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Plumber says `Normal Corrosion` - Lochinvar Radiant Heat KBN080

I'm going through the process of purchasing a house and the radiant heat came up as an area of concern. I can't imagine that Lochnivar Radiant heat units have normal corrosion like this (attached image). The home owner had a HVAC specialist inspect said it was completely normal:

Boiler is in good working order the corrosion being reported by the home inspector is negligible. This corrosion is very common on Lochinvar boilers. The 4 tapping on the top of the stainless steel heat exchanger have had water seep from threads overtime. This happens due to the different expansion rates of the stainless steel taps versus the brass fittings. Several of the brass fittings have previously been replaced. None of these are active leaks and do no effect the performance or function of the boiler. There is rust in the bottom of the sheetmetal cabinet from a previously clogged drain that was corrected. The boiler currently operates properly and is not effected by any of the issues pointed out by the inspector.

I frankly find it hard to believe the the corrosion has no impact on performance but would welcome insight.
Model: KBN080
Serial: A07H1002447


  • whiskeydecisions
    whiskeydecisions Member Posts: 2
    Zman, thank you! Your insight is on point and appreciated.
  • Ironman
    Ironman Member Posts: 7,399
    Whenever there's a leak on a system, fresh water, with fresh minerals, is added to the system. Those minerals become bound to the heat exchanger and hinder heat transmission from the burner to the water. I totally agree with Zman about a complete cleaning and servicing on both th fire and WATER side of the boiler.

    Both Fernox and Rhomar offer chemical cleaners that will clean the inside of the system and de-scale the heat exchanger.
    Bob Boan
    You can choose to do what you want, but you cannot choose the consequences.
    JUGHNE Member Posts: 11,108
    Also, just to point out to the OP that the system should always be under pressure of 12-15 PSI. If any of the suspicious areas were still leaking they would be wet.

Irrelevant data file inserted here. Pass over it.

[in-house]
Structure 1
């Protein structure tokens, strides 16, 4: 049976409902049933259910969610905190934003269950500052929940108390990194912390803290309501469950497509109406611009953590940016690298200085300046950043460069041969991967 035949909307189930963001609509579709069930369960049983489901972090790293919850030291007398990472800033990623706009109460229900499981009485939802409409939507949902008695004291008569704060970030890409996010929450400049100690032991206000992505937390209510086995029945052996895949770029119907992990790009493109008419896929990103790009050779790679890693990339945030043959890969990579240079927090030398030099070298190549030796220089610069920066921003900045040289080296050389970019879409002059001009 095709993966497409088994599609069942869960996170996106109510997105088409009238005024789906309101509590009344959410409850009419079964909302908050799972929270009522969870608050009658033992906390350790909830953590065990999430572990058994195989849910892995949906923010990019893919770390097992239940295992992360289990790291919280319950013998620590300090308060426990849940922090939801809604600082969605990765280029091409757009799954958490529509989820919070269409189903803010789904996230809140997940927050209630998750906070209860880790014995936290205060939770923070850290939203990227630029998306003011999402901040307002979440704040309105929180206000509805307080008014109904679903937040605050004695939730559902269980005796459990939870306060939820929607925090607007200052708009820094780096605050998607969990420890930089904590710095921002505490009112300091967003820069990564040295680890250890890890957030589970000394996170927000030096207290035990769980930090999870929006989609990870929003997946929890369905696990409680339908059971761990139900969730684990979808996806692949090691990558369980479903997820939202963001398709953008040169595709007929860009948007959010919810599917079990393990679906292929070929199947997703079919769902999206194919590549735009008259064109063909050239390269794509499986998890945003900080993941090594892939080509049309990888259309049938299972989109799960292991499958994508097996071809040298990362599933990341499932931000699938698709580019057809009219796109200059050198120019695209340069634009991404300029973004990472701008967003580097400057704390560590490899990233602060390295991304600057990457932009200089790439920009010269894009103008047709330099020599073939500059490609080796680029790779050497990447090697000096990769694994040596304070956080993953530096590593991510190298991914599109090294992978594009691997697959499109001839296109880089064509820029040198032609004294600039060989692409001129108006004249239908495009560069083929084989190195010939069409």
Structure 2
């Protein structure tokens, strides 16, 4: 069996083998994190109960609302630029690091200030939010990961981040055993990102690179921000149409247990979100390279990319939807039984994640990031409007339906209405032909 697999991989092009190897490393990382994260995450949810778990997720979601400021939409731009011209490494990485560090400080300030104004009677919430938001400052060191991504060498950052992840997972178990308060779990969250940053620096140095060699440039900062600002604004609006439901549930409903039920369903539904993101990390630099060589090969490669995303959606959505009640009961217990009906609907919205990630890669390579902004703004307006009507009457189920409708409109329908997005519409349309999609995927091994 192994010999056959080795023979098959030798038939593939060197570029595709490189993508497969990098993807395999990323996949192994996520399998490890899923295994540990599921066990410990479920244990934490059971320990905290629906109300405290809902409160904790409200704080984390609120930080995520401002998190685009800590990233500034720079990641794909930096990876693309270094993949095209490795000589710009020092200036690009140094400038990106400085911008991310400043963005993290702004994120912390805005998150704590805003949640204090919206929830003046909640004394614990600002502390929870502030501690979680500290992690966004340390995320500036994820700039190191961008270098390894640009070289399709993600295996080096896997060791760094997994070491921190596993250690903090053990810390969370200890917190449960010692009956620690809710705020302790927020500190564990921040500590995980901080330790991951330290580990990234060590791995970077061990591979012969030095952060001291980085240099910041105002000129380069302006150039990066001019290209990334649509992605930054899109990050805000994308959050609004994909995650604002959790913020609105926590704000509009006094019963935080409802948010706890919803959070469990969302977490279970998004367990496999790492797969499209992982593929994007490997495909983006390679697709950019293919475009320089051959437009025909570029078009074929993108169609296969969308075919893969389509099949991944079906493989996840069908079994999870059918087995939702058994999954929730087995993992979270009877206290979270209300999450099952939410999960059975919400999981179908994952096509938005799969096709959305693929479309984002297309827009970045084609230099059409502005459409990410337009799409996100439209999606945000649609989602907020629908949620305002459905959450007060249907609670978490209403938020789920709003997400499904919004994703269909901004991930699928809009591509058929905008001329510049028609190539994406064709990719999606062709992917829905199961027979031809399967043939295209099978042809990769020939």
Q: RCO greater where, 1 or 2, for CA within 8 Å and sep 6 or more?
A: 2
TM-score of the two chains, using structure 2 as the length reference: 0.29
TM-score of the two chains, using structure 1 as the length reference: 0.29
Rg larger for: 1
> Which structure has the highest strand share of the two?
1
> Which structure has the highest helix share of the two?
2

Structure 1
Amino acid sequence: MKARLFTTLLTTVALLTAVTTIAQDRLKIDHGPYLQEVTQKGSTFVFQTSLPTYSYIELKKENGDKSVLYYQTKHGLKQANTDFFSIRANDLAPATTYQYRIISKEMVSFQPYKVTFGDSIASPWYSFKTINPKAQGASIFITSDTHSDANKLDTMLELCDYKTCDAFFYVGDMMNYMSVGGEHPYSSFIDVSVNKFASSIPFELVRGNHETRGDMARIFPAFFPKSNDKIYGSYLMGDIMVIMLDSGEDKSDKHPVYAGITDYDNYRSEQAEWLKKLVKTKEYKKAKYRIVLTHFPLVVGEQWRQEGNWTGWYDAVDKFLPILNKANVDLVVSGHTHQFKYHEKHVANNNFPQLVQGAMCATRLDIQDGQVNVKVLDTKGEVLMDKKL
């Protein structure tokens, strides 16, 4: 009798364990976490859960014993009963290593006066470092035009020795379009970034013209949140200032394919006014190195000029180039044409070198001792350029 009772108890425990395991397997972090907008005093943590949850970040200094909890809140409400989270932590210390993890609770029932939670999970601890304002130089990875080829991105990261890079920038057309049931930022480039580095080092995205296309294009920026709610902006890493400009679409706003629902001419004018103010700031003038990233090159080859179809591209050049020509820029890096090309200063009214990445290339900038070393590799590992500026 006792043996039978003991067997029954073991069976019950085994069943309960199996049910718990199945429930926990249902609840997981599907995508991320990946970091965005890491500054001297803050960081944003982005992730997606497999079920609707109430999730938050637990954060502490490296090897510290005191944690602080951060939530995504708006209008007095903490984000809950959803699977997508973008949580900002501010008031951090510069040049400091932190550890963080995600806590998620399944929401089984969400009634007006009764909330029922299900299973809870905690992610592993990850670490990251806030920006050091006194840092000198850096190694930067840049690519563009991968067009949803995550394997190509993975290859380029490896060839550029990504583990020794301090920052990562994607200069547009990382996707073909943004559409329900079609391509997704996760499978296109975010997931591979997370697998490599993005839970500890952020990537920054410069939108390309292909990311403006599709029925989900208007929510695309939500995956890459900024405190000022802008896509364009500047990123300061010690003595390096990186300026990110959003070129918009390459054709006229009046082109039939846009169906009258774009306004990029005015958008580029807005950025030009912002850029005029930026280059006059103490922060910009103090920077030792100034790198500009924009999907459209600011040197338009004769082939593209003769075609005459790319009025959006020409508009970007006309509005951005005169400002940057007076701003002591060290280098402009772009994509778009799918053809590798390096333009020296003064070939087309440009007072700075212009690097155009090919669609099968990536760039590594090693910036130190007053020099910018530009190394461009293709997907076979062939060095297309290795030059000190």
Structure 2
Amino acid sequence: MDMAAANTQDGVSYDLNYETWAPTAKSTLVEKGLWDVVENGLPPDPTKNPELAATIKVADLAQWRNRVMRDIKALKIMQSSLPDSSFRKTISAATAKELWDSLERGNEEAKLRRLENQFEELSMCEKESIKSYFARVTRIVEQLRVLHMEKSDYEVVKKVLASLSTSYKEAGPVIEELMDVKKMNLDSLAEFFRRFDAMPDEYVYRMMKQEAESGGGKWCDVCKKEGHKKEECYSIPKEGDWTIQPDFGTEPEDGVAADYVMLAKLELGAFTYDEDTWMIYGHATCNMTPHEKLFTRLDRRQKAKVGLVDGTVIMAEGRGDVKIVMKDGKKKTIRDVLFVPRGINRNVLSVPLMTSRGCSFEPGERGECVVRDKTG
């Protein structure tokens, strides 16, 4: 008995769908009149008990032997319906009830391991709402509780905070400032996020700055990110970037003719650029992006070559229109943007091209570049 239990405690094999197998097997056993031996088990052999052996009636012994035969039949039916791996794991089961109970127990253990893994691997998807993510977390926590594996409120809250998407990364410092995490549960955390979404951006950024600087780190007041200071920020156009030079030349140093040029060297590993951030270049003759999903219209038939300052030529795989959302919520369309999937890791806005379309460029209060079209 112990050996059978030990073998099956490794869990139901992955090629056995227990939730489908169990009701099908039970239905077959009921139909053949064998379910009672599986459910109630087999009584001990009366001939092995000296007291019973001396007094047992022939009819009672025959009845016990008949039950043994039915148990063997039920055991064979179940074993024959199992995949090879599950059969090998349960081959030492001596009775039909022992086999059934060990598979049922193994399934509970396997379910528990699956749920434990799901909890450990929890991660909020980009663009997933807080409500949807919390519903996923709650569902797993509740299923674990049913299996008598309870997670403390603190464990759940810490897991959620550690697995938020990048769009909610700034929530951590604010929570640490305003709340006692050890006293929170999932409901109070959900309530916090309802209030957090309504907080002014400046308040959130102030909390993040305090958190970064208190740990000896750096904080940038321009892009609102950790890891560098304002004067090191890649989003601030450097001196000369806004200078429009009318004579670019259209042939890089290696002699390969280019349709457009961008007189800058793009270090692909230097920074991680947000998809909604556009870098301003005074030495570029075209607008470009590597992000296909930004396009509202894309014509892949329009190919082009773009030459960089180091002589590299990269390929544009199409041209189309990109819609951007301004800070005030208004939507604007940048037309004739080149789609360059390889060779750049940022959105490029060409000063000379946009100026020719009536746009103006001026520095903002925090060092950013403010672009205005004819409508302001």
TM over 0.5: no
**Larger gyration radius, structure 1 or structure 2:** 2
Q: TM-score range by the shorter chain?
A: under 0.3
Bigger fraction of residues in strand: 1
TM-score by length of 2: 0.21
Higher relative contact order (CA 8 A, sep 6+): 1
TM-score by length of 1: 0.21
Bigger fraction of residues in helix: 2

A simple test would be to shut off the city water supply and observe if the pressure drops on the gauge.
  • HomerJSmith
    HomerJSmith Member Posts: 2,511
    edited June 2020
    All corrosion is natural. It is a confluence of factors. The question is--is it desirable and what does it mean.

    Corrosion on a car battery, for instance, will leak current across the + and - poles and could inhibit current to the starter. That's undesirable if one is intent on keeping a charge and starting the engine.

    What I suspect from looking at your photos is that you have hard water in your system, which is greater concern to me as there can be calcification of the heat exchanger. 1mm of calcification on the walls of the heat exchanger will reduce heat transfer across the heat exchanger 12%. This can cause more serious problems with the HX with inability of heat moving from the gaseous flame to the water resulting in failures of the HX . If so, I would drain the sys and clean the sys and fix the leaks and fill the sys with good water.

    This is an older Lochinvar and may need the heat exchanger cleaned in the combustion chamber (different than my suggestion above) and a proper combustion analysis done with a recently calibrated meter. As suggested by Zman, above.
  • Robert O'Brien
    Robert O'Brien Member Posts: 3,548
    To learn more about this professional, click here to visit their ad in Find A Contractor.
  • HomerJSmith
    HomerJSmith Member Posts: 2,511
    Robert, I think the recall is for a Fire Tube boiler. Whiskeydecisions, has a Water Tube boiler. Thanks for the heads up.
  • Alan (California Radiant) Forbes
    Thanks for that recall information, Robert. Not a peep from my Lochinvar wholesaler.
    8.33 lbs./gal. x 60 min./hr. x 20°ΔT = 10,000 BTU's/hour

    Two btu per sq ft for degree difference for a slab
    Robert O'BrienSuperTech